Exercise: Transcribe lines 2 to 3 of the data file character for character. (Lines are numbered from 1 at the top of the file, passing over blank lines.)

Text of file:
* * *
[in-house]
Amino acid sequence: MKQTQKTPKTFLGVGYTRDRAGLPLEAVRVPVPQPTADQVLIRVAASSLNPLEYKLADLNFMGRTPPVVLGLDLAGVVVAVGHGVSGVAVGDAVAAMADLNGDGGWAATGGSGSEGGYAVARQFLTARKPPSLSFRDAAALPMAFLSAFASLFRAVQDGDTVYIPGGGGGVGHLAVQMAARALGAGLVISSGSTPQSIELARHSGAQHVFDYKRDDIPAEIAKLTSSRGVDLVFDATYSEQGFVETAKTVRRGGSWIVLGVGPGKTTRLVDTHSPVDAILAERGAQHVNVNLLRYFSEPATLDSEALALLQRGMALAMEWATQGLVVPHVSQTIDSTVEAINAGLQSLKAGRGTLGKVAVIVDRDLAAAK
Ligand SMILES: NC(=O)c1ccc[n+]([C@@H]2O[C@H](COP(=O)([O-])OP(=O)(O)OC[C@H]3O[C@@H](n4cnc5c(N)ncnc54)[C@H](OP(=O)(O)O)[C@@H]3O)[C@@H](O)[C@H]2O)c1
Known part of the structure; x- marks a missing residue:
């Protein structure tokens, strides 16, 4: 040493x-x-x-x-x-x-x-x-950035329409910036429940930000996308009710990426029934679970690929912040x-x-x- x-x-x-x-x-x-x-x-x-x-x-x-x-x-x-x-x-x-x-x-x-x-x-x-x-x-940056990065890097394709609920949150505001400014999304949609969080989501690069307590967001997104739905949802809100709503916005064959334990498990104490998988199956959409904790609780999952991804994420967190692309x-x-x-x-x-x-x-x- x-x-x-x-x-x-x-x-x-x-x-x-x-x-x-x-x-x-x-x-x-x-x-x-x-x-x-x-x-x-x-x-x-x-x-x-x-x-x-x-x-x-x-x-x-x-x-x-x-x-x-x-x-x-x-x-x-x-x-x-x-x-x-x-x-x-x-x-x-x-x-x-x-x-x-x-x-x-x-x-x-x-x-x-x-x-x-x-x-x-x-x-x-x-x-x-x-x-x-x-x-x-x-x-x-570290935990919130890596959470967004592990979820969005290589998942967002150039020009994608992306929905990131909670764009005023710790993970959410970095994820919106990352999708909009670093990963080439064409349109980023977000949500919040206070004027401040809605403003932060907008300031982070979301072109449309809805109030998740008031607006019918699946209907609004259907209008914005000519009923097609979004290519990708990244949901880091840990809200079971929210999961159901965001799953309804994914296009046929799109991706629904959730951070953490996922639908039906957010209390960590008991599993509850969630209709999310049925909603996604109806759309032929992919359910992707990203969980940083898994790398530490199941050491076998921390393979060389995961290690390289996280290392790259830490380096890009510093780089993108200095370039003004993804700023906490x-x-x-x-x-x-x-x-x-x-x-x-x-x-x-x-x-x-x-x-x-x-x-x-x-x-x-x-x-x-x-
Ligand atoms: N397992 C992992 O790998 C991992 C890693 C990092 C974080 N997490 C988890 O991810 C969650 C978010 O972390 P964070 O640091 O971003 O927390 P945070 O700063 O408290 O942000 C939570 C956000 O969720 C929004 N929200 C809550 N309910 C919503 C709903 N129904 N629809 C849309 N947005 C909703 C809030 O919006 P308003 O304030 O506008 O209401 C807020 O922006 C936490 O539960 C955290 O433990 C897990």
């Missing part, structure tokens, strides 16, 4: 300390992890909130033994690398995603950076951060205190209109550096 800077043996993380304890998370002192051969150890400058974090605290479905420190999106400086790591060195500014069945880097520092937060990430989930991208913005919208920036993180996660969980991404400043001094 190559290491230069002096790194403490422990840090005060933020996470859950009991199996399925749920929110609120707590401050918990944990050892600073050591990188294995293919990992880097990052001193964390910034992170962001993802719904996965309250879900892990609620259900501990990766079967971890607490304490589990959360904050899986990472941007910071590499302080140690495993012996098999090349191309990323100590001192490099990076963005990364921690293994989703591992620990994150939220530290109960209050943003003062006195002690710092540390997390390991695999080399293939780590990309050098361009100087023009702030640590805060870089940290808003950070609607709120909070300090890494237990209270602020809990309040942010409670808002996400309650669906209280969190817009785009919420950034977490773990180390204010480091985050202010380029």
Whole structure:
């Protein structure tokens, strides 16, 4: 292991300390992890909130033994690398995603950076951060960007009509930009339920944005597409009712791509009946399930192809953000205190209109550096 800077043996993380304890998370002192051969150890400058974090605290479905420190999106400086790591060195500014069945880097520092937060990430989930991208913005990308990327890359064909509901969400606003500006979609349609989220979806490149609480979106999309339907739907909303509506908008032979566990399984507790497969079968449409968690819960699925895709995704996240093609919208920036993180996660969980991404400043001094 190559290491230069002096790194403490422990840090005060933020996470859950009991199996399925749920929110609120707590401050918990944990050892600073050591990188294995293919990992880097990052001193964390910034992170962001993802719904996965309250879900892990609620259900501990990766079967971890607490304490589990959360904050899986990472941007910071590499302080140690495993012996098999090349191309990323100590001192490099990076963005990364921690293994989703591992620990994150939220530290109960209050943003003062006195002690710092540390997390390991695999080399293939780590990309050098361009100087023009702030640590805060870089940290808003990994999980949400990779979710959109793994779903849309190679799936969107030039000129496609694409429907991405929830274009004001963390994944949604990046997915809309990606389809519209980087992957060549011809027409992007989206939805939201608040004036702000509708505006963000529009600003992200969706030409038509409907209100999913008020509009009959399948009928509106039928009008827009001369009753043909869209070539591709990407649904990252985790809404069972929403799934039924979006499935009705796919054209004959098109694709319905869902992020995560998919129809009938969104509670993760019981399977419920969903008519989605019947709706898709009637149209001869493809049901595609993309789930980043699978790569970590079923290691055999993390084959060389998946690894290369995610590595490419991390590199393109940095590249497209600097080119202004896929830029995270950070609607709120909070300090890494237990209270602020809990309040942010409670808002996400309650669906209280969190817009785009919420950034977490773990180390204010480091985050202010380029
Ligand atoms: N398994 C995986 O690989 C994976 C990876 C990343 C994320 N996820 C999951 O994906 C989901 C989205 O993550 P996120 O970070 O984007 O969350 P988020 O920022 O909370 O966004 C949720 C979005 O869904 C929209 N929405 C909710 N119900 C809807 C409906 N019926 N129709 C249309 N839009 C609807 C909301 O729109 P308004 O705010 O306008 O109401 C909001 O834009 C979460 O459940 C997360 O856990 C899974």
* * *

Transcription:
Amino acid sequence: MKQTQKTPKTFLGVGYTRDRAGLPLEAVRVPVPQPTADQVLIRVAASSLNPLEYKLADLNFMGRTPPVVLGLDLAGVVVAVGHGVSGVAVGDAVAAMADLNGDGGWAATGGSGSEGGYAVARQFLTARKPPSLSFRDAAALPMAFLSAFASLFRAVQDGDTVYIPGGGGGVGHLAVQMAARALGAGLVISSGSTPQSIELARHSGAQHVFDYKRDDIPAEIAKLTSSRGVDLVFDATYSEQGFVETAKTVRRGGSWIVLGVGPGKTTRLVDTHSPVDAILAERGAQHVNVNLLRYFSEPATLDSEALALLQRGMALAMEWATQGLVVPHVSQTIDSTVEAINAGLQSLKAGRGTLGKVAVIVDRDLAAAK
Ligand SMILES: NC(=O)c1ccc[n+]([C@@H]2O[C@H](COP(=O)([O-])OP(=O)(O)OC[C@H]3O[C@@H](n4cnc5c(N)ncnc54)[C@H](OP(=O)(O)O)[C@@H]3O)[C@@H](O)[C@H]2O)c1